Budgeting can be a great way to help you achieve your financial goals. From reducing unnecessary expenditures to maximizing savings and effectively allotting funds, budgeting can help you enjoy your money now while saving for the future. You can budget at any stage of your career, and it is a life skill that may help you effectively manage your money as you grow older. Here are six steps to building your own budget.
1. Determine your income
The first step to budgeting is to determine your after-tax income. Your income consists of your salary as well as any money earned from side jobs. In some cases, it may include child support, alimony, and similar sources of income. Knowing your total monthly income lets you know what you’re working with and can help you start to figure out how to allocate it best.
2. Know your expenses
After you understand your monthly income, the next step is to know your expenses. This includes monthly regular payments and essential expenses like your rent or mortgage payments, car payments, life insurance premiums, groceries, utilities, and any other regular bills. You can also factor in occasional expenses, such as car repairs or doctor visits.
3. Don’t forget discretionary spending
In addition to necessary monthly expenses, a budget also takes monthly recreational spending into account, too. These are non-essential expenses or wants, and could include eating out, the occasional new outfit or gadget, entertainment, and more. Sometimes discretionary spends can be impulse purchases that you cannot predict while budgeting, but in most cases, it helps to allot funds towards the activities that you like to do regularly.
4. Allocate your funds
Once you know your income and expenses, you can put it all together and start to build a budget. Begin by allocating money for your essential expenses, such as housing. Then, factor in your other expenses and try to stay within your overall budget. If you have no money left over after allocating expenses, you may have to reconsider some of your expenses, especially the discretionary spends. If you do have money left over, you may want to allocate it toward specific financial goals, long-term savings, or investments.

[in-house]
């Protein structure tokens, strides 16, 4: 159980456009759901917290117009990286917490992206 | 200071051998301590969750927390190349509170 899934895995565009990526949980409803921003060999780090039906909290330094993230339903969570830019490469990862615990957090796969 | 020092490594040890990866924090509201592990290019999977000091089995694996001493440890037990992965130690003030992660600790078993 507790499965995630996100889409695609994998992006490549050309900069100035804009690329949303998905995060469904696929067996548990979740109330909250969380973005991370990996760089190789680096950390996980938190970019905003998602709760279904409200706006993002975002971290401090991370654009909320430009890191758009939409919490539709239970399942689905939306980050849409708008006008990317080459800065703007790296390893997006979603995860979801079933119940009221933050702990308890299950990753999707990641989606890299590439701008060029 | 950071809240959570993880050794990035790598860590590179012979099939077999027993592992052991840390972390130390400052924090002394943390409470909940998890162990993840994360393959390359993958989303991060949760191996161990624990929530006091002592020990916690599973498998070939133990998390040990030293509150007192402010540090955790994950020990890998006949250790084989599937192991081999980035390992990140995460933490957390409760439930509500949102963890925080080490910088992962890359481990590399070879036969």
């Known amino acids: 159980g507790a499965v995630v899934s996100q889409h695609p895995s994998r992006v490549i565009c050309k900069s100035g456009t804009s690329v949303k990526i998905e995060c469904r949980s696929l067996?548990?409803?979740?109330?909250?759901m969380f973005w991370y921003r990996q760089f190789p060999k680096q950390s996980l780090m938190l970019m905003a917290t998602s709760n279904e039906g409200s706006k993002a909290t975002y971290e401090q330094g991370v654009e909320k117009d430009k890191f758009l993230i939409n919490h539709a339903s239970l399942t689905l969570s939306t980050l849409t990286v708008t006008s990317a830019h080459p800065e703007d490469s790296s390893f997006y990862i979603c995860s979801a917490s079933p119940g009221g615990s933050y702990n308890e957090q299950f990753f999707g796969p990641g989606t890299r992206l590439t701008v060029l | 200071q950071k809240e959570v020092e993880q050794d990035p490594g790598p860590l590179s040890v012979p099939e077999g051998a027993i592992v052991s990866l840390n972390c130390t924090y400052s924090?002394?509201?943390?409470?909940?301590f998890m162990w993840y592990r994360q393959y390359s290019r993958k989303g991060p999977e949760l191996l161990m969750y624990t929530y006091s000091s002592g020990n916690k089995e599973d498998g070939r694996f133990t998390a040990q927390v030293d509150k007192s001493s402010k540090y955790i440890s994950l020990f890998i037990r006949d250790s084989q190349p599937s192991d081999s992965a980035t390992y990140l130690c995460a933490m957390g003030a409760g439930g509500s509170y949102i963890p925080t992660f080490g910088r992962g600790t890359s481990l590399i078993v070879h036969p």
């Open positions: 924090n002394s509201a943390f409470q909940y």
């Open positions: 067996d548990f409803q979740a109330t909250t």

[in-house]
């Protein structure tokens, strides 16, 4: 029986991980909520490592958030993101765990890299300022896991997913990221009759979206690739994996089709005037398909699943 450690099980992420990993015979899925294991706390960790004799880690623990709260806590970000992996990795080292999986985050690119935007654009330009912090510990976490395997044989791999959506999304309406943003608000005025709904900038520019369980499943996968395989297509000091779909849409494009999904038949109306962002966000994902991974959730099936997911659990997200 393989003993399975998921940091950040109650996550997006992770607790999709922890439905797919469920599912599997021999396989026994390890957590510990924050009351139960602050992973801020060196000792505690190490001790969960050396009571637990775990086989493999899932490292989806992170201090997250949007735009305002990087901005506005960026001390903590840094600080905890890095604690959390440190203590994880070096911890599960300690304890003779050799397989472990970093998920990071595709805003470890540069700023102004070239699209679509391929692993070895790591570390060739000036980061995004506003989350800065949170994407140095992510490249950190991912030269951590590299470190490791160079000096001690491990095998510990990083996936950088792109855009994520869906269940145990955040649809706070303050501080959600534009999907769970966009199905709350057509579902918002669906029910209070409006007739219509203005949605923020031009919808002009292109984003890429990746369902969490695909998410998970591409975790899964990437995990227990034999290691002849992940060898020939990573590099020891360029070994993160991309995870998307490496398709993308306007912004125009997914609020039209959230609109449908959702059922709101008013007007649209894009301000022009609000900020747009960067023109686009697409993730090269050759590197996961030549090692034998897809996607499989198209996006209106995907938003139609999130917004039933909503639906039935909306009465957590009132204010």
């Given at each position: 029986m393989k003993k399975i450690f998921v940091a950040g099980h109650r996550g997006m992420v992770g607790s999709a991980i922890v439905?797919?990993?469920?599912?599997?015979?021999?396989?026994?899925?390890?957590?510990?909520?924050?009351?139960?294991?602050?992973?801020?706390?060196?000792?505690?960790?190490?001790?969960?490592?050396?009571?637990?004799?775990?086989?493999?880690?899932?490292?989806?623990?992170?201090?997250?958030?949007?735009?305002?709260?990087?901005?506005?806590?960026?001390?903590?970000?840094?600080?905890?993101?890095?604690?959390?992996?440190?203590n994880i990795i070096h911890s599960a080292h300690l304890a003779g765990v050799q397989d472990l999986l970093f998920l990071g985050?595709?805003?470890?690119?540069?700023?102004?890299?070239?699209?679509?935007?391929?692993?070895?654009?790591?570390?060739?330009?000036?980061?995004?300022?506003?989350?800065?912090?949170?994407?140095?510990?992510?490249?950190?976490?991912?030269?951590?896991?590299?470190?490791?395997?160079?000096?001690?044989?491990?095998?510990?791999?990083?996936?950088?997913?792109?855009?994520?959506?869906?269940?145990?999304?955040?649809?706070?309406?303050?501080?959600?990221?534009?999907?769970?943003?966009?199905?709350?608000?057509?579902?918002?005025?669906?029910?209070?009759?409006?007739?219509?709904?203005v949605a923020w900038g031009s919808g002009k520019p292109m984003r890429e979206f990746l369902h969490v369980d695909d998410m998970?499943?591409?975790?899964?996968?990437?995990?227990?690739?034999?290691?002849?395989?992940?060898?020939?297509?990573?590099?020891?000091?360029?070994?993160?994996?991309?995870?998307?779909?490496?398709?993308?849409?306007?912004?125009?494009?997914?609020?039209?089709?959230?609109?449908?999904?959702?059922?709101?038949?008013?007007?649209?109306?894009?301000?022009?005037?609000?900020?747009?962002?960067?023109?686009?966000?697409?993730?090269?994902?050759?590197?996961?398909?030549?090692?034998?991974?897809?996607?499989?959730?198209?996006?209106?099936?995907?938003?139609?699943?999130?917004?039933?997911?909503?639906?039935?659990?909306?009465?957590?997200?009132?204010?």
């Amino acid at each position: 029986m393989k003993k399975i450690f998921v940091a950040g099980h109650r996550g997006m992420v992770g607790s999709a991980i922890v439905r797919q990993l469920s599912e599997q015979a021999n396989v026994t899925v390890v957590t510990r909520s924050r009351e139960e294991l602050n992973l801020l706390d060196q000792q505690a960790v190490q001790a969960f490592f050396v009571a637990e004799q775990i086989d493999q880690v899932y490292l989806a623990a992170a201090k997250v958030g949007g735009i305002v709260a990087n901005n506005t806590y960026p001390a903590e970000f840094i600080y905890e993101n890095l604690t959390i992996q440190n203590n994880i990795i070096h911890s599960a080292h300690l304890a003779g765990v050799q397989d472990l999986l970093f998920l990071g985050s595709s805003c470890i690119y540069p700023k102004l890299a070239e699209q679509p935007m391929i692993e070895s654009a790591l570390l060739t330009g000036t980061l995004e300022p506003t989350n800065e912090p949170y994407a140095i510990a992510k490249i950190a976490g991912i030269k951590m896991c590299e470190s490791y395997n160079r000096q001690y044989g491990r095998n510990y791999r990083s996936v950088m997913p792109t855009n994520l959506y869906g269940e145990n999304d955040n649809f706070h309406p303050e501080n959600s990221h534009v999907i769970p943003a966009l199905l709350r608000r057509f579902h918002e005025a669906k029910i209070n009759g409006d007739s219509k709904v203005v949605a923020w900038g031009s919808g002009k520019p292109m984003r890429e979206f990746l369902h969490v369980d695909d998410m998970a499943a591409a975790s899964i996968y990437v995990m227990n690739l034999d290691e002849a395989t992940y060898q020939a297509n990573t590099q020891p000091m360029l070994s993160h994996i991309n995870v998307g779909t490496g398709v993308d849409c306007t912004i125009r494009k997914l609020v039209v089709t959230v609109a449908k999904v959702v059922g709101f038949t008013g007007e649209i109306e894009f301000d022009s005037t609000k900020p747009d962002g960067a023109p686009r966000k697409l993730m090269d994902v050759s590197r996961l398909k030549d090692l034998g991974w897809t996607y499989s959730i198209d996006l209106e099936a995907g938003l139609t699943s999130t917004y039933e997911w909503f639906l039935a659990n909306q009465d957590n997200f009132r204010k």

5. Set goals
Within your budget, you can include as many goals as you want. Repaying debt, avoiding overspending, long-term saving for retirement, short-term saving for a vacation, or just building an emergency fund can all be goals for you to aim for. That said, it’s best to keep your goals realistic. Ambitious goals could be great for some people, but they may feel too restrictive, and not achieving them within your timeframe may cause you to become frustrated and fall off the budgeting wagon. When you’re just getting used to budgeting, it can help to aim for achievable milestones – the small wins can keep you motivated.
6. Review and adjust as needed
Finally, the sixth step is to review and adjust your budget as needed. Budgeting is an ongoing process, and adjustments may look different for everyone. One way to start is, for the first few months, at the end of each month, take a look at how well you stuck to your budget and make adjustments as necessary. If you find that you are consistently overspending in one area, consider cutting back in that area or finding ways to allocate more money to that expense. Remember that your budget only works if you stick to it.